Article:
A bad sector is a small section of the hard drive that becomes damaged and can no longer have data written to it. In most cases a bad sector is a relatively minor problem: while it can affect both traditional magnetic and newer solid state drives, both types of drive are designed with a certain amount of redundancy built in so that bad sectors do not cause data loss. Problems arise when the number of bad sectors exceeds the amount of redundant space, causing the hard drive to fail and data to be lost. The more bad sectors a hard drive has, the smaller the capacity of that drive gets, meaning that eventually the storage capacity of your hard drive can drop to a fraction of what it is supposed to be.
What is a bad sector on a hard drive?
Though both magnetic and solid state drives can be affected by bad sectors, in both types of drive there are two basic categories of bad sector. A “hard” bad sector is one that is the result of physical damage, and is much more common in magnetic drives. It could be the result of a small nick or scratch to the disk; it could be caused by the drive head meeting an internal stop; it could be the result of dust getting between the drive head and the disk. In a solid state drive, the flash memory cells can become worn out after they are written to many times. Unfortunately, hard bad sectors cannot be repaired because the area of damage is usually microscopically small; however, one or two bad sectors is quite normal in any frequently-used hard drive, and the drive can usually be used just as normal, though it’s always a good idea to have backups of your data in case more damage occurs.
A “soft” bad sector is the result of software or data error rather than physical damage. Each sector of a hard drive generates an error-correcting code when data is written to or read from it. If the error-correcting code is not consistent with the contents of the sector, the computer will mark that sector of the hard drive as damaged and stop writing data to it. Soft bad sectors can develop because data writing to a sector is interrupted – perhaps by a power cutoff – because of a virus or malware, or as a result of software error. Unlike hard bad sectors, soft bad sectors are usually easy to repair.
How to identify bad sectors
Hard drives are designed to self-diagnose bad sectors using S.M.A.R.T. – a technology that determines whether sectors are bad and whether the drive is in danger of failing. Windows has no built-in system to read S.M.A.R.T. data, but there are plenty of downloadable programs designed to read and analyze the data so that you can determine whether the disk needs to be repaired. Applications like CrystalDiskInfo can be set to run in the background during your computer’s normal operations so that you can be alerted to bad sectors as soon as they occur. On a Mac, you can get basic information about a hard drive’s S.M.A.R.T. status using Disk Utility, or you can download SmartUtility for Mac for more detailed S.M.A.R.T. data analysis. You can also check for bad sectors without reading S.M.A.R.T. data by running Windows’ built-in disk check system, also known as chkdsk. Windows’ default is to run chkdsk whenever it recognizes any kind of disk error, but you can also run it manually if you’re worried that your hard drive is developing bad sectors. Linux also has a built-in Disk Utility that allows you to look at your hard drive’s S.M.A.R.T. status.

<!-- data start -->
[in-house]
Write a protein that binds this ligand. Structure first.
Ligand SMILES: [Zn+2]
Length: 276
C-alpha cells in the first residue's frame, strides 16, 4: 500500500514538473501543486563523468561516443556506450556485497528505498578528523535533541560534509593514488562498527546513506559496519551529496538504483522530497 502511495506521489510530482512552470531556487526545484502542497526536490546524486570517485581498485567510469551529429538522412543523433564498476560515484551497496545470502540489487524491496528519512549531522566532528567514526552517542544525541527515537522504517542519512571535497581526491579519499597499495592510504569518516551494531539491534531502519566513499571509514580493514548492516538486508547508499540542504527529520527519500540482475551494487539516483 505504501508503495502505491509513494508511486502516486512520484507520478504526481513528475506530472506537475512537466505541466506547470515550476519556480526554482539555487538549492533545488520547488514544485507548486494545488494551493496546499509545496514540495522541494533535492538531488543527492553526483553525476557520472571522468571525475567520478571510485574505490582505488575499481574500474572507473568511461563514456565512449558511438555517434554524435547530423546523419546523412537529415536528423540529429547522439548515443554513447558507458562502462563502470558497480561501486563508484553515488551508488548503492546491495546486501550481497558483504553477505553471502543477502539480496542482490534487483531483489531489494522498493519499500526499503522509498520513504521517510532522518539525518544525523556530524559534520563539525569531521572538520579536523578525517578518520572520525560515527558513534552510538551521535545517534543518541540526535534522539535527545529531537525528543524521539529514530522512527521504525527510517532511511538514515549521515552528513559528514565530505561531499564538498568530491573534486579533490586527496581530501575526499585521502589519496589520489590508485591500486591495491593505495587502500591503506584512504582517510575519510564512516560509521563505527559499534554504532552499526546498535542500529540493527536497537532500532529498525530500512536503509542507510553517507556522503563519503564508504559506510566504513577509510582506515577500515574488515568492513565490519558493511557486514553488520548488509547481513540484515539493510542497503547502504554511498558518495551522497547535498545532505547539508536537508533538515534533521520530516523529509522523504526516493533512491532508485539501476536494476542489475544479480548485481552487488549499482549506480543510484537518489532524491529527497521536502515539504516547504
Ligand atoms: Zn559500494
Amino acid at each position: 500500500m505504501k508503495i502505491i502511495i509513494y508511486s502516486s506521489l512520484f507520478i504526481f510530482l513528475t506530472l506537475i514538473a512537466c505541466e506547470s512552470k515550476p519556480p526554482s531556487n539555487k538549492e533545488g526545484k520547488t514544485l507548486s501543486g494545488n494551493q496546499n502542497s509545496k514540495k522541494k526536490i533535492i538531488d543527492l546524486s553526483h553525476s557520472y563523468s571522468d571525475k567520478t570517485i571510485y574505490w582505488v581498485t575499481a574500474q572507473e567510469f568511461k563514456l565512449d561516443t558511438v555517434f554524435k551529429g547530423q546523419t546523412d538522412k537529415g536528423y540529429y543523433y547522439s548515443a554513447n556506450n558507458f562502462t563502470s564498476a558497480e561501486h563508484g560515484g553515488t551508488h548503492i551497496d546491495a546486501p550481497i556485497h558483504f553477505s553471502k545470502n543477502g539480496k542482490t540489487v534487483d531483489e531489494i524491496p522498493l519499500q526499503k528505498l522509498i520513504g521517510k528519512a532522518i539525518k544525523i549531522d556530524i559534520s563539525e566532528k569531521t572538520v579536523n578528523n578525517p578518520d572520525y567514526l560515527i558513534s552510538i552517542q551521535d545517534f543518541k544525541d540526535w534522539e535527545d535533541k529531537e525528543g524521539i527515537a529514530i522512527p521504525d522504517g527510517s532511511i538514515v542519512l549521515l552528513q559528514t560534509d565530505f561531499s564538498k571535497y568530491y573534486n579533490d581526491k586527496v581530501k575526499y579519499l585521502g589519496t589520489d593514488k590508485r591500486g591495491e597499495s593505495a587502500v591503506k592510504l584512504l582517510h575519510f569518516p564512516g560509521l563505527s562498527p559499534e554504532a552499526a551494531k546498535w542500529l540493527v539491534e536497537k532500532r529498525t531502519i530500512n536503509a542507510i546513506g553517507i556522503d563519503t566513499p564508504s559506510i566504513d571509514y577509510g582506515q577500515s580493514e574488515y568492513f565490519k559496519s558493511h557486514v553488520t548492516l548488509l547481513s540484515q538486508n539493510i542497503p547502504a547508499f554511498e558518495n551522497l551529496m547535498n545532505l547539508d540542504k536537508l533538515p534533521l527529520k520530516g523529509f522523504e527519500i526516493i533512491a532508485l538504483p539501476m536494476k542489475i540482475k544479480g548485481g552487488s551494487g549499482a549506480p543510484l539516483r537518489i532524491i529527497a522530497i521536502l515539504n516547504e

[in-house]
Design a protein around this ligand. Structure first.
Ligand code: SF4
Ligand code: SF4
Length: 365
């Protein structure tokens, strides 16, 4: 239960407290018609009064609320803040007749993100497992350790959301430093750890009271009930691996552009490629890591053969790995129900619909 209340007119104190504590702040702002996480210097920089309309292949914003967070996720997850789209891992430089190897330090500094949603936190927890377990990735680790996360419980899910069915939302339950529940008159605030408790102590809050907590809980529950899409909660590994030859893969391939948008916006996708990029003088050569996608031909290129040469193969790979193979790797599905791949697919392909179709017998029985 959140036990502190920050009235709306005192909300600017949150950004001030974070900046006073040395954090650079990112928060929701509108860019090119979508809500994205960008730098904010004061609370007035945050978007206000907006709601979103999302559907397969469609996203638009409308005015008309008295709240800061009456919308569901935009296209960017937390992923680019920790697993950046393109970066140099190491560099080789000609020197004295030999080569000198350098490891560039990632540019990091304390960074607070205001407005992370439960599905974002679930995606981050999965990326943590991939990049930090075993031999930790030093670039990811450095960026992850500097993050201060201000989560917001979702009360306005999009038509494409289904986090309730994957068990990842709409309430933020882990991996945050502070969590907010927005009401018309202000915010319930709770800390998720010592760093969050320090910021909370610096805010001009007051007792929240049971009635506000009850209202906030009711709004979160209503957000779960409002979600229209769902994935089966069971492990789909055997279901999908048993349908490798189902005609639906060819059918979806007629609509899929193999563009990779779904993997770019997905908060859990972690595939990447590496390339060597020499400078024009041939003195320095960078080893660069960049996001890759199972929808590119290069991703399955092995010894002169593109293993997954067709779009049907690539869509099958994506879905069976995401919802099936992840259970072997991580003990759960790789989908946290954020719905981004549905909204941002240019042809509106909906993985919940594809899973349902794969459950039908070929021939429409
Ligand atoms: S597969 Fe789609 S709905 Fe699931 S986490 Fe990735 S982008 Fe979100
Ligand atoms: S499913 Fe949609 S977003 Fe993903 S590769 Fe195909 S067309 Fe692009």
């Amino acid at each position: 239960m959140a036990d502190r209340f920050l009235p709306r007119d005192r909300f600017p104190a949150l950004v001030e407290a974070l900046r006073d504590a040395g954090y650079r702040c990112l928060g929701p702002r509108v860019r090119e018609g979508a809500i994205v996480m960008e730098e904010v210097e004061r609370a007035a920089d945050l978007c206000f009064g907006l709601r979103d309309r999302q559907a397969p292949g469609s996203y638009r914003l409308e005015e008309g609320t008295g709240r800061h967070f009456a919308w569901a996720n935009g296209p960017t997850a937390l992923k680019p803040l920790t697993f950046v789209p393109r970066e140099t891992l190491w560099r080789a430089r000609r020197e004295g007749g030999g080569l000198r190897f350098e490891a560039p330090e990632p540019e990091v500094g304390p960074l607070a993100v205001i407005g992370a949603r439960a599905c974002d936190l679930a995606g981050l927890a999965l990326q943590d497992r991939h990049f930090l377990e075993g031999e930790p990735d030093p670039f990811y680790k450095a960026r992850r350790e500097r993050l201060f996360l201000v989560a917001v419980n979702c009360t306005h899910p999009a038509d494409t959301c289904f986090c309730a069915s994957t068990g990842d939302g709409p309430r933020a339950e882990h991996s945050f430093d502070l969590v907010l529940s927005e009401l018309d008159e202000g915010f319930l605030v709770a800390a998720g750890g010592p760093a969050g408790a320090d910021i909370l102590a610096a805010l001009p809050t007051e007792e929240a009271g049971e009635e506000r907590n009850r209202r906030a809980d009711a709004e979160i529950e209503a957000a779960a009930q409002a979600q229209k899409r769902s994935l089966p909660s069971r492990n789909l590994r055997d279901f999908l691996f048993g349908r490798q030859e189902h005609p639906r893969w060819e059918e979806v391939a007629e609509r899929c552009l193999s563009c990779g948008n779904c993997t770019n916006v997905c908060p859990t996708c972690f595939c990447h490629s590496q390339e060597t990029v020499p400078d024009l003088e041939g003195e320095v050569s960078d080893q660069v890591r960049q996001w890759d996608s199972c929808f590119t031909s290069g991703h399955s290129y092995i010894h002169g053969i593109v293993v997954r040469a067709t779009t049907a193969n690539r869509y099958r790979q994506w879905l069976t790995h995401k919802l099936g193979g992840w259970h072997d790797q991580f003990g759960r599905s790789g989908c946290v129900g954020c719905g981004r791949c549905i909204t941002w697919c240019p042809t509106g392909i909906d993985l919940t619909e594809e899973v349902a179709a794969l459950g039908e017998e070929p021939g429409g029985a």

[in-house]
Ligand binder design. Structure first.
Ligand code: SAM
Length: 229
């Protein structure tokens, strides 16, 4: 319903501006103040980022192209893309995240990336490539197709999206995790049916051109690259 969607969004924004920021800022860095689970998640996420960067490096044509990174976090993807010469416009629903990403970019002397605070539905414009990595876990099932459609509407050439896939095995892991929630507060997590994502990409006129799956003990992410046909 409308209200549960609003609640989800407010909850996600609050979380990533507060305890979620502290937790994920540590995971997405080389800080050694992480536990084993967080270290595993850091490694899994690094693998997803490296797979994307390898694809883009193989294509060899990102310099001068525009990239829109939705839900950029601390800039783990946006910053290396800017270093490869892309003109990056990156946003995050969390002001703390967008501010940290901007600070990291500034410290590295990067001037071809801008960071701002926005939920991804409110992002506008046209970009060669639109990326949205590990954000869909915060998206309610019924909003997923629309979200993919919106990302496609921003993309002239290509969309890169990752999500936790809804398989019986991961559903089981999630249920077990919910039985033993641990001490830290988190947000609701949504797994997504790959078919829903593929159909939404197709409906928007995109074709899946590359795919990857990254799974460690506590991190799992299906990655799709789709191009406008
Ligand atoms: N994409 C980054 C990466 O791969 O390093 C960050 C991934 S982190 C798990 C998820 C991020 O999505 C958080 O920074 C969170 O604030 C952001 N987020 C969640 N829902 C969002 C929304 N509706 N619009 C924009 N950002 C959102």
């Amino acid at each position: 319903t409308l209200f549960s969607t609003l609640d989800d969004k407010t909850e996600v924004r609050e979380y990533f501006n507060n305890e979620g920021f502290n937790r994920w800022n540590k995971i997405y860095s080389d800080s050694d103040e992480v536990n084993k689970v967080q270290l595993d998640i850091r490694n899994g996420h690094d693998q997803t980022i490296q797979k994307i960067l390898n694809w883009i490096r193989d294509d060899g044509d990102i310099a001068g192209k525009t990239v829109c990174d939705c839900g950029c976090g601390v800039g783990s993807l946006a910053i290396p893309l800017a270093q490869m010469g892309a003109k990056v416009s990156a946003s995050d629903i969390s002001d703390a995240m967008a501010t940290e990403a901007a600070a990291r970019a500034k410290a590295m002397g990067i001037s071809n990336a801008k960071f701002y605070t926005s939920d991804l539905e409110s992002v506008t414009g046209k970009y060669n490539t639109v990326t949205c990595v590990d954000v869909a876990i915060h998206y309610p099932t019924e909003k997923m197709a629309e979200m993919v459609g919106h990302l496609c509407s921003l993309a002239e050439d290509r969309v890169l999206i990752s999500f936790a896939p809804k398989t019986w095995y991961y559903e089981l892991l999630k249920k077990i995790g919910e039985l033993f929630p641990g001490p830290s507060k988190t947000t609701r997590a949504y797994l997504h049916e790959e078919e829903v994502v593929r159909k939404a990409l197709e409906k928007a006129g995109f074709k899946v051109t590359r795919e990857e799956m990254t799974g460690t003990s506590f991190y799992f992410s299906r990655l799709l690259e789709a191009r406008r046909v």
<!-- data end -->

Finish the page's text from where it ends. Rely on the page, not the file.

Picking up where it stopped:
What happens if your hard drive has bad sectors
Bad sectors are actually very common, and if your hard drive only has one or two they are nothing to worry about. Almost all hard drives are built to have a little redundant space in case of bad sectors: if a computer recognizes a hard drive sector as bad, it will mark that sector, reallocate the data to another sector of the hard drive, and stop writing data to the bad sector. It is still possible to lose some data when this happens: if individual files have become corrupted or are the cause of the bad sector, they won’t be copied over to the new sector, so you should have backups of your important files at all times. But serious problems typically only occur if your hard drive develops multiple bad sectors. If the hard drive runs out of extra space to reallocate data from the bad sectors, it can cause your storage capacity to drop, which is particularly a problem in solid state drives. In addition, multiple bad sectors developing over a short period of time is usually a sign that there is a larger problem with the hard drive, and could mean that your drive is about to fail completely. If this is the case, rather than trying to repair the drive, you should concentrate on making sure all your files are securely backed up.
How to repair bad hard drive sectors
Hard bad sectors cannot be repaired, but unless the drive has enough hard bad sectors to impact its performance, they are usually not a big problem. Soft bad sectors, on the other hand, can be repaired by reformatting the individual sector to wipe the bad code and replace it with zeroes. Most operating systems have a built-in system to repair bad sectors. Chkdsk is designed to repair soft bad sectors as it finds them; so if you run it regularly it is unlikely that soft bad sectors will cause you a problem. Mac and Linux allow you to repair soft bad sectors manually from their Disk Utility systems. If your Disk Utility is still showing bad sectors after running the repair utilities, that is probably indicative of a larger problem with your hard drive. In either case, it is worth taking your computer to be looked at by a professional technician so that if there is an underlying problem with your drive, it can be diagnosed and repaired.
by David Molnar